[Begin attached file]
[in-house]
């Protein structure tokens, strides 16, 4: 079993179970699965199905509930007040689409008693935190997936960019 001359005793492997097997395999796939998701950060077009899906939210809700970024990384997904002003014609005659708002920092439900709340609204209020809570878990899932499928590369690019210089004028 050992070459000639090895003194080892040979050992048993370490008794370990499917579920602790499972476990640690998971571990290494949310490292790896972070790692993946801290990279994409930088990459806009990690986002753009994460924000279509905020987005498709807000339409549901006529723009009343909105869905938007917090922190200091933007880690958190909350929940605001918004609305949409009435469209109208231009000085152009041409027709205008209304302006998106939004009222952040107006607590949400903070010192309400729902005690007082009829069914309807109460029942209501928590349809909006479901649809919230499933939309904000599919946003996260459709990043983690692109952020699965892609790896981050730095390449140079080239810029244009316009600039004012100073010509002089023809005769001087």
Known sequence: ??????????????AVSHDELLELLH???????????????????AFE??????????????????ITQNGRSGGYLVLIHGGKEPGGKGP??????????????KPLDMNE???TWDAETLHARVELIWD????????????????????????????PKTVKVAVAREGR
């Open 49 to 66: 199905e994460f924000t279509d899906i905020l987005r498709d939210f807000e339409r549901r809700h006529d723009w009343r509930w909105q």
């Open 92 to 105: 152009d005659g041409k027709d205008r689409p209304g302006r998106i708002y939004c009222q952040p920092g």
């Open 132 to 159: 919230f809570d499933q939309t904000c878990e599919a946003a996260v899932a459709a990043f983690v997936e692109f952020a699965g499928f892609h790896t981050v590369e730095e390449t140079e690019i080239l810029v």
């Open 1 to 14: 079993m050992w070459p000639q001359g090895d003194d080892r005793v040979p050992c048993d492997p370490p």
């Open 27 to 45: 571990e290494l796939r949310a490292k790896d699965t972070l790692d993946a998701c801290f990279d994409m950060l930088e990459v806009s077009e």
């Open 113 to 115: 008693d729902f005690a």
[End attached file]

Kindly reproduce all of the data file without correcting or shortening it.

[in-house]
């Protein structure tokens, strides 16, 4: 079993179970699965199905509930007040689409008693935190997936960019 001359005793492997097997395999796939998701950060077009899906939210809700970024990384997904002003014609005659708002920092439900709340609204209020809570878990899932499928590369690019210089004028 050992070459000639090895003194080892040979050992048993370490008794370990499917579920602790499972476990640690998971571990290494949310490292790896972070790692993946801290990279994409930088990459806009990690986002753009994460924000279509905020987005498709807000339409549901006529723009009343909105869905938007917090922190200091933007880690958190909350929940605001918004609305949409009435469209109208231009000085152009041409027709205008209304302006998106939004009222952040107006607590949400903070010192309400729902005690007082009829069914309807109460029942209501928590349809909006479901649809919230499933939309904000599919946003996260459709990043983690692109952020699965892609790896981050730095390449140079080239810029244009316009600039004012100073010509002089023809005769001087």
Known sequence: ??????????????AVSHDELLELLH???????????????????AFE??????????????????ITQNGRSGGYLVLIHGGKEPGGKGP??????????????KPLDMNE???TWDAETLHARVELIWD????????????????????????????PKTVKVAVAREGR
């Open 49 to 66: 199905e994460f924000t279509d899906i905020l987005r498709d939210f807000e339409r549901r809700h006529d723009w009343r509930w909105q």
């Open 92 to 105: 152009d005659g041409k027709d205008r689409p209304g302006r998106i708002y939004c009222q952040p920092g």
């Open 132 to 159: 919230f809570d499933q939309t904000c878990e599919a946003a996260v899932a459709a990043f983690v997936e692109f952020a699965g499928f892609h790896t981050v590369e730095e390449t140079e690019i080239l810029v």
């Open 1 to 14: 079993m050992w070459p000639q001359g090895d003194d080892r005793v040979p050992c048993d492997p370490p």
């Open 27 to 45: 571990e290494l796939r949310a490292k790896d699965t972070l790692d993946a998701c801290f990279d994409m950060l930088e990459v806009s077009e």
């Open 113 to 115: 008693d729902f005690a």